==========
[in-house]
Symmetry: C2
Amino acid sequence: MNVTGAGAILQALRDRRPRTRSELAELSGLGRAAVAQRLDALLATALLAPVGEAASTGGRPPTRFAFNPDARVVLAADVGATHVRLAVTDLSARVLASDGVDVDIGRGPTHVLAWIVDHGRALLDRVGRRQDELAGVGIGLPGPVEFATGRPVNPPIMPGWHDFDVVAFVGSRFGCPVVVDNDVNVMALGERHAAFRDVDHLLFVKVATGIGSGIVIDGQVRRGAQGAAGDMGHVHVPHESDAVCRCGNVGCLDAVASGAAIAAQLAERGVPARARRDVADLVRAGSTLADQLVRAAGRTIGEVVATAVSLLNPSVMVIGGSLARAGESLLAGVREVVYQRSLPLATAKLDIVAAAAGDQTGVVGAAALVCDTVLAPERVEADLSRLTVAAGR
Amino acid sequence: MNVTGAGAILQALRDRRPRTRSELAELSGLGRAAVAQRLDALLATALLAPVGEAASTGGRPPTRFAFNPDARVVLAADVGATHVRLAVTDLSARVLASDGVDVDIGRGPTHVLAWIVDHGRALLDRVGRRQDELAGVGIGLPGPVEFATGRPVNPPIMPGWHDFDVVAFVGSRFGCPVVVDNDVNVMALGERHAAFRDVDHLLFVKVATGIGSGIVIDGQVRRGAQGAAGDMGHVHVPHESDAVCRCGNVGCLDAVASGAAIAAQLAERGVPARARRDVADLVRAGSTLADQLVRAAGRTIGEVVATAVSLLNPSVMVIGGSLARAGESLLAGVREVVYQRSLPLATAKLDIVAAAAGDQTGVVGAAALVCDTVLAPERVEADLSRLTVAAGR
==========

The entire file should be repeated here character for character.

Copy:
[in-house]
Symmetry: C2
Amino acid sequence: MNVTGAGAILQALRDRRPRTRSELAELSGLGRAAVAQRLDALLATALLAPVGEAASTGGRPPTRFAFNPDARVVLAADVGATHVRLAVTDLSARVLASDGVDVDIGRGPTHVLAWIVDHGRALLDRVGRRQDELAGVGIGLPGPVEFATGRPVNPPIMPGWHDFDVVAFVGSRFGCPVVVDNDVNVMALGERHAAFRDVDHLLFVKVATGIGSGIVIDGQVRRGAQGAAGDMGHVHVPHESDAVCRCGNVGCLDAVASGAAIAAQLAERGVPARARRDVADLVRAGSTLADQLVRAAGRTIGEVVATAVSLLNPSVMVIGGSLARAGESLLAGVREVVYQRSLPLATAKLDIVAAAAGDQTGVVGAAALVCDTVLAPERVEADLSRLTVAAGR
Amino acid sequence: MNVTGAGAILQALRDRRPRTRSELAELSGLGRAAVAQRLDALLATALLAPVGEAASTGGRPPTRFAFNPDARVVLAADVGATHVRLAVTDLSARVLASDGVDVDIGRGPTHVLAWIVDHGRALLDRVGRRQDELAGVGIGLPGPVEFATGRPVNPPIMPGWHDFDVVAFVGSRFGCPVVVDNDVNVMALGERHAAFRDVDHLLFVKVATGIGSGIVIDGQVRRGAQGAAGDMGHVHVPHESDAVCRCGNVGCLDAVASGAAIAAQLAERGVPARARRDVADLVRAGSTLADQLVRAAGRTIGEVVATAVSLLNPSVMVIGGSLARAGESLLAGVREVVYQRSLPLATAKLDIVAAAAGDQTGVVGAAALVCDTVLAPERVEADLSRLTVAAGR